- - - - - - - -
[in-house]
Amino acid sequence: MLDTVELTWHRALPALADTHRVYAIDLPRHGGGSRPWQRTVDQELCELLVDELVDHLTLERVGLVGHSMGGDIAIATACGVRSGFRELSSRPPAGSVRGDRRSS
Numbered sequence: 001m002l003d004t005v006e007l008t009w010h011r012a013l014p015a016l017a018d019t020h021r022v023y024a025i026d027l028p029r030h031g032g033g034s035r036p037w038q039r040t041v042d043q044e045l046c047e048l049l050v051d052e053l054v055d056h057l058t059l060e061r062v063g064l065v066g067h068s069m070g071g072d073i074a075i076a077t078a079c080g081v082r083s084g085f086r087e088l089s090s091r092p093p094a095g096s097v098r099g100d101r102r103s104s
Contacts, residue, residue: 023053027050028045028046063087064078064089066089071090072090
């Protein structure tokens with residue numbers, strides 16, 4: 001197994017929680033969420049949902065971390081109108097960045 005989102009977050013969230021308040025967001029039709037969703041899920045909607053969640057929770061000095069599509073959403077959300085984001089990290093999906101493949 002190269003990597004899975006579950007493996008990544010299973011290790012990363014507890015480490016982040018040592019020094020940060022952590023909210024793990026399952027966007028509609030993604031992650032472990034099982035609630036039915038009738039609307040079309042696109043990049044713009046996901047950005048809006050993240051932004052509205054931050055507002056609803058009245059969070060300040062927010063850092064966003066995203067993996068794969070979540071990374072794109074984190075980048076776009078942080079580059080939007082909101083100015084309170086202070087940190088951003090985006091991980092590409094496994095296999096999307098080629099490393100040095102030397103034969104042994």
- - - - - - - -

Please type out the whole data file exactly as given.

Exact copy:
[in-house]
Amino acid sequence: MLDTVELTWHRALPALADTHRVYAIDLPRHGGGSRPWQRTVDQELCELLVDELVDHLTLERVGLVGHSMGGDIAIATACGVRSGFRELSSRPPAGSVRGDRRSS
Numbered sequence: 001m002l003d004t005v006e007l008t009w010h011r012a013l014p015a016l017a018d019t020h021r022v023y024a025i026d027l028p029r030h031g032g033g034s035r036p037w038q039r040t041v042d043q044e045l046c047e048l049l050v051d052e053l054v055d056h057l058t059l060e061r062v063g064l065v066g067h068s069m070g071g072d073i074a075i076a077t078a079c080g081v082r083s084g085f086r087e088l089s090s091r092p093p094a095g096s097v098r099g100d101r102r103s104s
Contacts, residue, residue: 023053027050028045028046063087064078064089066089071090072090
């Protein structure tokens with residue numbers, strides 16, 4: 001197994017929680033969420049949902065971390081109108097960045 005989102009977050013969230021308040025967001029039709037969703041899920045909607053969640057929770061000095069599509073959403077959300085984001089990290093999906101493949 002190269003990597004899975006579950007493996008990544010299973011290790012990363014507890015480490016982040018040592019020094020940060022952590023909210024793990026399952027966007028509609030993604031992650032472990034099982035609630036039915038009738039609307040079309042696109043990049044713009046996901047950005048809006050993240051932004052509205054931050055507002056609803058009245059969070060300040062927010063850092064966003066995203067993996068794969070979540071990374072794109074984190075980048076776009078942080079580059080939007082909101083100015084309170086202070087940190088951003090985006091991980092590409094496994095296999096999307098080629099490393100040095102030397103034969104042994």